With beautifully spread dust-like particles flowing smoothly throughout the screen, Flow is an indie video game that is not only mesmerizing to look at, but also holds an innovative element to it. It is based on Jenova Chen’s research into dynamic difficulty adjustment and Mihal Csikszentmihalyi’s theory of mental immersion. Flow’s video and audio appeal are worth-praising, but it does tilt towards being more of an art piece than a game. Nevertheless, it is an experience that is rare to find, and we break down what goes into it below.
Story: The game showcases little story as it is only based on a small, multi-segmented worm-like creature that flows through an aquatic setting. It eats cells that surround it that increase its own length. The worm can go up and down the depth of the aquatic environment to find food and keep increasing its size. In the Flash version, a defeatable aggressive creature lies on the bottom-most plane. If defeated, there is the original worm-like creature, identical to the one at the start, and defeating it starts the game all over again.
Play Style: There are no menus or guidelines, nor texts. The game begins immediately with the environment set in a top-down perspective. Two-dimensional planes are stacked upon each other and the player controls a segmented worm-like creature. The creature automatically attempts to consume organisms of varying sizes when they are nearby in each plane. Most of the creatures are not hostile, though some might be and must be consumed with some technical skill. These aggressive creatures perish when all of their segments are eaten by the player’s creature, but they might might eat the player’s creature to regrow their own. Being defeated by them does not lead to death, but the player is simply shifted to a higher plane. The objective of the game lies in reaching the bottom-most plane and making your own creature as large as possible.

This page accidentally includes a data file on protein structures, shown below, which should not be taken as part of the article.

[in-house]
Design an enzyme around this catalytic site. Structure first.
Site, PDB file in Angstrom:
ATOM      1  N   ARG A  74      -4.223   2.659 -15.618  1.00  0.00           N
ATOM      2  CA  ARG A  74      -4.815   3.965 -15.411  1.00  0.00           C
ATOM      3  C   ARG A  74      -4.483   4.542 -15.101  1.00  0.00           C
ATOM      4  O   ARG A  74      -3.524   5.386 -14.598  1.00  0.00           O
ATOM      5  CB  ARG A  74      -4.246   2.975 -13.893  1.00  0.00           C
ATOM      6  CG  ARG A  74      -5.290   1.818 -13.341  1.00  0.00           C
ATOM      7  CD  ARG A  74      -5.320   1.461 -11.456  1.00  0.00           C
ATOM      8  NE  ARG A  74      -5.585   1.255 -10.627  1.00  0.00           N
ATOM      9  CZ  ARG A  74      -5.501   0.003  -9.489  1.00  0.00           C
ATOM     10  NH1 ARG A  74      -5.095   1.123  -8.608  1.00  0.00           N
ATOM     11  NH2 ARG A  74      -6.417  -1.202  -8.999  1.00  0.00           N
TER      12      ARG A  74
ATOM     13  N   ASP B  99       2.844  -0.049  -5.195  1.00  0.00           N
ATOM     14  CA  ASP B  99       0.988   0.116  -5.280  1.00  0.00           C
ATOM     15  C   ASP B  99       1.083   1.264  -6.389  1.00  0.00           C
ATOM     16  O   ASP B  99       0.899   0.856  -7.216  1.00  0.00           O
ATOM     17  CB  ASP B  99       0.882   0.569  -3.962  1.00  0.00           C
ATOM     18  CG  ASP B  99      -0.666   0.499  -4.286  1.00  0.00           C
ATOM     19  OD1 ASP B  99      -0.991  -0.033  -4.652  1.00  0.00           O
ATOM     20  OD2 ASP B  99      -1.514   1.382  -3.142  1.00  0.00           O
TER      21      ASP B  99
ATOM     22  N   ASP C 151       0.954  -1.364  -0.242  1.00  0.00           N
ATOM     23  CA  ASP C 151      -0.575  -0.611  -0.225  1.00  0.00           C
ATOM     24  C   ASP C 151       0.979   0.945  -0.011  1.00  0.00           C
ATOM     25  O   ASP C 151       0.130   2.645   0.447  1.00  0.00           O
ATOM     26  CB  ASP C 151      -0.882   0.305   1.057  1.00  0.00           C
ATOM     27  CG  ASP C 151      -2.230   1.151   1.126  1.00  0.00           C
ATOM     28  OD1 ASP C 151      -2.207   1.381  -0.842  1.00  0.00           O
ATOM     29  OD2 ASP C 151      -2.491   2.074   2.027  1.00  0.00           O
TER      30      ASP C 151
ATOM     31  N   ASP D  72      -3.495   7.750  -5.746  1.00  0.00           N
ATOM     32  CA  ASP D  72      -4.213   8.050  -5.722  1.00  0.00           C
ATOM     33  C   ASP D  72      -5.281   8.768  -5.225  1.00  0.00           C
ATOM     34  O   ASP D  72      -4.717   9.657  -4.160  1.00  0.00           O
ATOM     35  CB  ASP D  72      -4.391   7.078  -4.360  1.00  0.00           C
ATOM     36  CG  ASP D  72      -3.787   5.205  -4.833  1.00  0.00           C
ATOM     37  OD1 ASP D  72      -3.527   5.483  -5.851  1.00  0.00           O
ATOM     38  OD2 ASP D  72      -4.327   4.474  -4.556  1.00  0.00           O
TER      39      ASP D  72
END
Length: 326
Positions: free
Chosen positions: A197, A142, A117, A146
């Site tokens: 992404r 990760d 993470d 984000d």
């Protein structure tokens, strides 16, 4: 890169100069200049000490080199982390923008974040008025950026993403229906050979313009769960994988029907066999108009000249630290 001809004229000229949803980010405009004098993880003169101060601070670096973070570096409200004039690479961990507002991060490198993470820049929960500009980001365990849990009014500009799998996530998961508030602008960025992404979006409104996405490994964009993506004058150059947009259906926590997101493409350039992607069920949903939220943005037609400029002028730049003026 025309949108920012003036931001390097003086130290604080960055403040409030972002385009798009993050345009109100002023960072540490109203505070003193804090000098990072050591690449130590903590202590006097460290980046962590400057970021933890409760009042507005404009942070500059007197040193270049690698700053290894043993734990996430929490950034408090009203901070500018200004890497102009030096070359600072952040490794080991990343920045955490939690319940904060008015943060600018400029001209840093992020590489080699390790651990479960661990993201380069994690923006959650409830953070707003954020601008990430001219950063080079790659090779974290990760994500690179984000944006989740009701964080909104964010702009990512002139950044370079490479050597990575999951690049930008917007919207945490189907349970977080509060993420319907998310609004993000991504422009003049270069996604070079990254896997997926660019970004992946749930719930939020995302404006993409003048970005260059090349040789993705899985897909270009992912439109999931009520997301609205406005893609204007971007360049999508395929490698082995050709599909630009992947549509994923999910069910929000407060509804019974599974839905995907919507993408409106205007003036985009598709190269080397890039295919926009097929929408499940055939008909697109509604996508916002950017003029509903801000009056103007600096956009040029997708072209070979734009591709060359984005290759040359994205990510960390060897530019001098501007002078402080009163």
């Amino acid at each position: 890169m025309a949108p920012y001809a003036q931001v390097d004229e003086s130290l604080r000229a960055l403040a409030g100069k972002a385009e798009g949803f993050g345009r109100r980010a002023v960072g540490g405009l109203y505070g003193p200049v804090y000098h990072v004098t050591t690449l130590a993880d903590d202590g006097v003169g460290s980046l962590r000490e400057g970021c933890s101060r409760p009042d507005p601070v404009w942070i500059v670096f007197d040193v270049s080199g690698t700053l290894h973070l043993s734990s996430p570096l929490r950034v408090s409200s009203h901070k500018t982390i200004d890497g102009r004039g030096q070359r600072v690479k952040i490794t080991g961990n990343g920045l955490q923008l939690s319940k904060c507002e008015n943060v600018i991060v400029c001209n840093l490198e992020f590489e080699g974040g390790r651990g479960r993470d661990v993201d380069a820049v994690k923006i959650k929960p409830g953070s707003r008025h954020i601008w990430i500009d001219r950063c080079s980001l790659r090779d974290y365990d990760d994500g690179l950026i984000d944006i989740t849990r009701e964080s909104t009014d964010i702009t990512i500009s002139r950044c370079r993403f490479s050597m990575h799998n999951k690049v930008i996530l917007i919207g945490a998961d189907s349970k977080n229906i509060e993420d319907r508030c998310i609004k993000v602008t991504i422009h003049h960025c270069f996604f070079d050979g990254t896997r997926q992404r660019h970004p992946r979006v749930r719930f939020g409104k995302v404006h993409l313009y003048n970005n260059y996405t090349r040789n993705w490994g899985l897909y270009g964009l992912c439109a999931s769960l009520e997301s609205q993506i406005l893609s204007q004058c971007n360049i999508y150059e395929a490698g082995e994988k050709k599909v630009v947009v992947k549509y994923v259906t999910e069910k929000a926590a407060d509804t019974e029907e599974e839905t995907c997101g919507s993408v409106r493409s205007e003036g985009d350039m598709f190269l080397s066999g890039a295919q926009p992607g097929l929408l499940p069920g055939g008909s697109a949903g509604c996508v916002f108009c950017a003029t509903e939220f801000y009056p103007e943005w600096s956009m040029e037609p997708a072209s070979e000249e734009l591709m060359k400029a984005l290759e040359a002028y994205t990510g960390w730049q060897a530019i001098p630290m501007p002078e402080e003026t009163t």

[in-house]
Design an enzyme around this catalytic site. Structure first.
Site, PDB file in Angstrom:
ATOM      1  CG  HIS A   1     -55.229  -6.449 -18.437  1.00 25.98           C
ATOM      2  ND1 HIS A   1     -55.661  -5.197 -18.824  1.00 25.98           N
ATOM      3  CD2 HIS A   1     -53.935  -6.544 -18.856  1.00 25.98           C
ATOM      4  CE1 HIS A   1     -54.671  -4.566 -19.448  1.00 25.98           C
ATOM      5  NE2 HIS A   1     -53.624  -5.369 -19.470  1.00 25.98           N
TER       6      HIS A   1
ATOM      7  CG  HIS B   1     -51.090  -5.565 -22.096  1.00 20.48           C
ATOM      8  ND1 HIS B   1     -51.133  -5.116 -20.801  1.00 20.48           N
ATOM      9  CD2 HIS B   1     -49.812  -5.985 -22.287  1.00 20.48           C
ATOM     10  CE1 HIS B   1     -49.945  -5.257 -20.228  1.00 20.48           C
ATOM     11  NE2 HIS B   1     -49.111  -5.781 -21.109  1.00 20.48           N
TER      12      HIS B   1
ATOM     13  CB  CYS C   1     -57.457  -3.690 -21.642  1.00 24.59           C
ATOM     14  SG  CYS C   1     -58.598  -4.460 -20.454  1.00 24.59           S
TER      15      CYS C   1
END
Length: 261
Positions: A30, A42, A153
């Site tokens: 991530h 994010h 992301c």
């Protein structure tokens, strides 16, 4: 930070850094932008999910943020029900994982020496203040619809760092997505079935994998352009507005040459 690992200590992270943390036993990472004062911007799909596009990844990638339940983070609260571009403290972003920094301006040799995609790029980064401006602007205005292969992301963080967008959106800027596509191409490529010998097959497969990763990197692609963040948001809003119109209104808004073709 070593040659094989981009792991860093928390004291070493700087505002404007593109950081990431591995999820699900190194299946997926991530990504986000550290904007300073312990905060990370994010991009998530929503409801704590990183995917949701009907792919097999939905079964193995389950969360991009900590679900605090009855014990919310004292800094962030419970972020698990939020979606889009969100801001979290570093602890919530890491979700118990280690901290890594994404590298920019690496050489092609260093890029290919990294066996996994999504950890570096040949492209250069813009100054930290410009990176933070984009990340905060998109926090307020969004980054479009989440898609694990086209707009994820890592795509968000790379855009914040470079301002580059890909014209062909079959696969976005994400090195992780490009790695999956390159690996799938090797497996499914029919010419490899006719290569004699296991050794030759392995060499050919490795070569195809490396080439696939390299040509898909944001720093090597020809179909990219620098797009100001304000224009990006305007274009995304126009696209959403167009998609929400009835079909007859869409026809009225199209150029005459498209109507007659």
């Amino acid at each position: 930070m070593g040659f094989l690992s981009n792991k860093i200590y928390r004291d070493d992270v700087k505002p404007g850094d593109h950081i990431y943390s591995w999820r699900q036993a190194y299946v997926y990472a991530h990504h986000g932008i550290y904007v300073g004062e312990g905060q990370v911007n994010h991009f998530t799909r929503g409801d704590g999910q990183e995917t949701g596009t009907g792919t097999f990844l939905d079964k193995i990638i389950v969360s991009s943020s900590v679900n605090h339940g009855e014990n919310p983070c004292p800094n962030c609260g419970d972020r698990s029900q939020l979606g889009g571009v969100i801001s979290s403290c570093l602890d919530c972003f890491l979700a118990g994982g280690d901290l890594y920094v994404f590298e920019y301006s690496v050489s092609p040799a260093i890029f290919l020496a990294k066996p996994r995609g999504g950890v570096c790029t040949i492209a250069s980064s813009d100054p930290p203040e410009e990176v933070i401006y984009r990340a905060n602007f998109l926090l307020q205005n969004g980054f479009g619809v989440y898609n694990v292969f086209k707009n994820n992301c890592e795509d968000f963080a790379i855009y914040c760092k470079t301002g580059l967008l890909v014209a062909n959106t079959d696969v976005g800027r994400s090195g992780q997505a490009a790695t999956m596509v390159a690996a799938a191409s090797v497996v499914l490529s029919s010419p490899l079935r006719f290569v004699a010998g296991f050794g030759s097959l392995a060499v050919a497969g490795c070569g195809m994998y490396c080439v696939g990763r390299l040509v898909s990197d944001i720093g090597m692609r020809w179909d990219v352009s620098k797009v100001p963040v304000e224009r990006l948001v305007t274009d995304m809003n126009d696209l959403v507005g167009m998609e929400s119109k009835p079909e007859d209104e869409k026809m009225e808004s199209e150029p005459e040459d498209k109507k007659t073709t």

Audience: Gamers who are in it for the excitement, thrill, and split-second decisions will be bored to death by this game, so we do not recommend it if you are one of those. However, if you are one to appreciate the art that goes into a game and enjoy the soothing effect pleasant colors and visuals have, Flow might just be for you.
Platforms: Flow is available on Adobe Flash, PlayStation 3, PlayStation Portable, PlayStation 4, and PlayStation Vita.
Verdict: It may not be a game that you get addicted to playing or one that gets your emotions going on a roller-coaster, but Flow is still certainly an experience that every true gamer must have. Maverick IGS recommends you to try it and see for yourself whether it is your cup of tea or not. Nevertheless, we commend thatgamecompany for their continual efforts to stick to their agenda of bringing innovative, out-of-the-box ideas to life.